IPL auctions are always "tricky" terrain and going unsold does not make Cheteshwar Pujara a frustrated cricketer as he fights the public perception of being a red-ball specialist.
There are players who have had similar strike-rates (110 approx) but got picked by franchises but the architect of India's historic series-win in Australia in 2018-19 has been left high and dry.
Does it hurt or irk him, letting others decide about his credentials as a T20 player?
"As a cricketer, I can't have that opinion. Also I feel that I am someone who will never have such egos because I have seen and known IPL auctions to be tricky," Pujara told PTI during an exclusive interview.
"I have seen world-class players like Hashim Amla go unsold at the auctions. There have been a lot of good T20 players, who have missed out on auction. So I don't have any big ego that they are not picking me. Yes, given a choice I would like to play IPL," said India's most important Test batsman alongside skipper Virat Kohli.
Does he feel to be a victim of public perception so prevalent in the Indian cricket eco-system?
"I would say yes, it's a perception being tagged as a Test player and I can't do much about it," said the man who set up India's 2-1 series win in Australia with more than 500 runs in the 2018-19 away series.
"I have always said that I should get opportunities and once I get opportunities, then only I can prove myself as a white-ball cricketer. I have performed well in List A cricket (average of 54), also in domestic T20s (century in Mushtaq Ali Trophy). I have done well in List A games in England.
"Performance is something which I can control and I will do that. Only thing I can do is wait for my opportunity. I am more than happy to play all formats. As long as I playing the game, I will remain a student of the game as there is no end to what you can learn. But as and when I get an opportunity, then only I can change the perception.," said the affable man from Rajkot.
Other years during IPL, Pujara is in England playing county cricket either for Derbyshire, Yorkshire or Nottinghamshire which wasn't possible due to the COVID-19 pandemic.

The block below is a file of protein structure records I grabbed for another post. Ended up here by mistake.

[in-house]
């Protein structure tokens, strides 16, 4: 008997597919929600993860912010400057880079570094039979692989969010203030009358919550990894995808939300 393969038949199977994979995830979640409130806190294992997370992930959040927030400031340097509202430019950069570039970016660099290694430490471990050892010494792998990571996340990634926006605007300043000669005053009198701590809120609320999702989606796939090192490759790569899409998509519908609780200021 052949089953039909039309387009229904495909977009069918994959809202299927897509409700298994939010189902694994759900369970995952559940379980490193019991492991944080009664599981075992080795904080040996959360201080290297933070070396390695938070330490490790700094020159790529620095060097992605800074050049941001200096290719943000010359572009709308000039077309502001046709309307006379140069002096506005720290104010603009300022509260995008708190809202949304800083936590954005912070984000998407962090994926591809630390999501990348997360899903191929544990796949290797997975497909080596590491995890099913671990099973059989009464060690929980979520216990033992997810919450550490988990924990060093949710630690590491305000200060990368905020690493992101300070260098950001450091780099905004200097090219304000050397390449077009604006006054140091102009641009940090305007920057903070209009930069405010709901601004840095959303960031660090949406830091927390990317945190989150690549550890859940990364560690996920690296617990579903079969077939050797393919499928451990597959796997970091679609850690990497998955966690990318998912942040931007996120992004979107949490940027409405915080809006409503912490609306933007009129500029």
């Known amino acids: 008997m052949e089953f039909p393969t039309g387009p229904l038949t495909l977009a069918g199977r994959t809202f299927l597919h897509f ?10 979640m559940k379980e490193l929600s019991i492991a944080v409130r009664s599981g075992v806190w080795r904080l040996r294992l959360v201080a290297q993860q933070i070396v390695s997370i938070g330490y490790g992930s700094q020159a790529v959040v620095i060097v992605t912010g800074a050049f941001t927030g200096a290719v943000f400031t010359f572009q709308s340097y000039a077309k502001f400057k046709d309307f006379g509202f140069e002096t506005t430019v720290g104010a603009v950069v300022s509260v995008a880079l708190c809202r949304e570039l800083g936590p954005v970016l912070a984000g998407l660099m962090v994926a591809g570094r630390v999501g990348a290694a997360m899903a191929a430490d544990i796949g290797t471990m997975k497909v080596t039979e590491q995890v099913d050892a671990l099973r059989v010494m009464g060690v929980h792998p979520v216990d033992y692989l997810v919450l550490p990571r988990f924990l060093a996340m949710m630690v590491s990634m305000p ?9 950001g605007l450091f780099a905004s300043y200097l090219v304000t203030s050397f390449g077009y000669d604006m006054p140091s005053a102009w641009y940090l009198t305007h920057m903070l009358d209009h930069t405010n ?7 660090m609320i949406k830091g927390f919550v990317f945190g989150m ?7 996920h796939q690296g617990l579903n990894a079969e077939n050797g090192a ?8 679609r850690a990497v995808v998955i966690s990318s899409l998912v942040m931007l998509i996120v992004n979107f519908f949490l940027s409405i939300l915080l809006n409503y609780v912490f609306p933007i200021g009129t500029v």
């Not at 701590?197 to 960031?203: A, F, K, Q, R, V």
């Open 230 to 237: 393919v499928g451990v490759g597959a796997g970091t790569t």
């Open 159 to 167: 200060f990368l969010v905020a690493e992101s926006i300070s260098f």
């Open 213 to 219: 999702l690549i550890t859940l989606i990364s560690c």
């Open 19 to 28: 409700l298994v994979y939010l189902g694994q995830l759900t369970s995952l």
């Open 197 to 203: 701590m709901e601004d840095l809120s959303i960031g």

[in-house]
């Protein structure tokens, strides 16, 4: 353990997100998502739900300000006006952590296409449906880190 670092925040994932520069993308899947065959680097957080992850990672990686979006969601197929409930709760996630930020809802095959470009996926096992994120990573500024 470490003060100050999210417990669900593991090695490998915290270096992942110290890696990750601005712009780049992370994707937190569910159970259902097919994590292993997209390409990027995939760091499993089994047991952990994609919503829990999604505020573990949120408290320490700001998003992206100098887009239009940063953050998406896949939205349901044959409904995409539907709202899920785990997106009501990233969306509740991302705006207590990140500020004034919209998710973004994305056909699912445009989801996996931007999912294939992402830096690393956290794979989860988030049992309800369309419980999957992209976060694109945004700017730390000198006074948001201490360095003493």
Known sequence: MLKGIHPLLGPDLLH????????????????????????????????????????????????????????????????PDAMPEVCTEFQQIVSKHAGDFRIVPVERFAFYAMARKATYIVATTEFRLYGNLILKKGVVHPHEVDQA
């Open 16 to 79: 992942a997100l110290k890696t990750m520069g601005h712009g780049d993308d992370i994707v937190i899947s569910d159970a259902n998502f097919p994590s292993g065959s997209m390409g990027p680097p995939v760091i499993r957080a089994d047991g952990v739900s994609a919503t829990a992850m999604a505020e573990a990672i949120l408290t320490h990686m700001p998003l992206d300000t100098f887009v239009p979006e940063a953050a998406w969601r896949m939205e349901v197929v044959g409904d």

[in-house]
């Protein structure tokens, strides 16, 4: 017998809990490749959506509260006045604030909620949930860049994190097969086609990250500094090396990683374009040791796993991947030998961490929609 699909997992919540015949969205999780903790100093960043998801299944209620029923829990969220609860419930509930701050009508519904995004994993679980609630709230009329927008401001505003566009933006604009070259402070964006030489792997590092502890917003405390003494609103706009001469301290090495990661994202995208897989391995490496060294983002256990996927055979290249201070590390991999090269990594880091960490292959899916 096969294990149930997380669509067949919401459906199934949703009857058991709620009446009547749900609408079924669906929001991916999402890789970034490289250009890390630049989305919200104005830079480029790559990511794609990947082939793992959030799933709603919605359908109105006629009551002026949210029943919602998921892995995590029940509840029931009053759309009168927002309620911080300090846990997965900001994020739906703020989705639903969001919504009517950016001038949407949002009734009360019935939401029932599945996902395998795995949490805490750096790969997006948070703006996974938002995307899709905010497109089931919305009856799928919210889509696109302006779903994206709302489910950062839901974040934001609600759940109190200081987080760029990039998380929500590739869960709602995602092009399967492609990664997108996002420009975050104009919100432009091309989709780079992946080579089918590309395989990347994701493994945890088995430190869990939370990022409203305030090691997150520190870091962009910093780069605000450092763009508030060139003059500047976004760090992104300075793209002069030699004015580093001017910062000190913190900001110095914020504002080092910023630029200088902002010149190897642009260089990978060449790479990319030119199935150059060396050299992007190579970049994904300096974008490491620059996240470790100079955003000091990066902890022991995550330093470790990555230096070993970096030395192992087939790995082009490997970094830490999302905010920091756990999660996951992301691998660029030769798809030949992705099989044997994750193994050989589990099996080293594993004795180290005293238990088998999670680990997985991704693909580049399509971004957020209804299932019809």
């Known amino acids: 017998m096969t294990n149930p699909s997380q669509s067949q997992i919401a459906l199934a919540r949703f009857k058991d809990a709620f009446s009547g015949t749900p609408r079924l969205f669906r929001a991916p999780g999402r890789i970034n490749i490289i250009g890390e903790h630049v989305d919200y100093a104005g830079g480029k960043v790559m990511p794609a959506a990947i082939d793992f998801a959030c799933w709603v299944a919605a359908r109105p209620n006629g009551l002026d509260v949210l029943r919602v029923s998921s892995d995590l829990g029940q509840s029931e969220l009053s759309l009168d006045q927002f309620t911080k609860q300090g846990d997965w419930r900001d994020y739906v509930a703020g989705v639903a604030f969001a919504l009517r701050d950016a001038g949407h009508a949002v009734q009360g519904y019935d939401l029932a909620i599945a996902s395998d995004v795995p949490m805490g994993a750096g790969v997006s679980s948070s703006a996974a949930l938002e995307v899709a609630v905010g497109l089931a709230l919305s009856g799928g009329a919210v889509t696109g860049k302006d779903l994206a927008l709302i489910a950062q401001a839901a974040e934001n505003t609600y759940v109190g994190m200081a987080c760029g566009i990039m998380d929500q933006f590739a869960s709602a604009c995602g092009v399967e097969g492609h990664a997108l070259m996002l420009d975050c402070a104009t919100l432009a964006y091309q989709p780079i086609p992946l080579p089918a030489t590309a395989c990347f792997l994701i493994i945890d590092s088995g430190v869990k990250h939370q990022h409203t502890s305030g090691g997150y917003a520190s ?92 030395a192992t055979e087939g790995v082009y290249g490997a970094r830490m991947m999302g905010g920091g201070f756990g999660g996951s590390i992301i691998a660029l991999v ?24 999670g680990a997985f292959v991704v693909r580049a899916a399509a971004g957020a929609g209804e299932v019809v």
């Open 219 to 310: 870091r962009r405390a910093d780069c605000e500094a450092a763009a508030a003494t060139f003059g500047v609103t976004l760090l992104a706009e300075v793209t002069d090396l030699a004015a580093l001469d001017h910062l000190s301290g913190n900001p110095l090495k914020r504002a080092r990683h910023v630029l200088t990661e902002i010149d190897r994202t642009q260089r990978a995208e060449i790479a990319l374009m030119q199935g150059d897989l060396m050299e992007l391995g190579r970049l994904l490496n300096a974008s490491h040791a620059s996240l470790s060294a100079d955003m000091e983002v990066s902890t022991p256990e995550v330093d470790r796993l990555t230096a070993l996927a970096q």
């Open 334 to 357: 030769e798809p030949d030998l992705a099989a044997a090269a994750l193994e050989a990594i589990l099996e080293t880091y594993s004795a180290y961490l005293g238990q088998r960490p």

Isn't it frustrating that when all his India mates will be getting to play matches (in IPL), he can only have net sessions with still no clarity on domestic cricket?
"Disappointed 'Yes' but frustrating 'No'. I haven't been able to go to UK not because I didn't want to play or they didn't want me but because of the situation which is same for all cricketers.
"I have to understand these are tough times. It is more important to be with family and stay safe and not worry too much about not getting too much match practice. There are people, who have endured way more difficulties," he said.
Contentment is key to leading a good life and the 32-year-old with 77 Test matches and nearly 6000 runs (5840 with 18 hundreds) understands that.
"I wouldn't say that I feel like I don't have this or I don't have that. I am happy with what I have got," he said.
"Be it for Indian Oil in office cricket or playing for Saurashtra in the Ranji Trophy, my commitment is always above 100 per cent. My commitment is to the game and remaining true to it. I have won matches for India.
"Nothing beats the feeling when you win matches for India with millions supporting you. I know that feeling and you can't beat that," he concluded.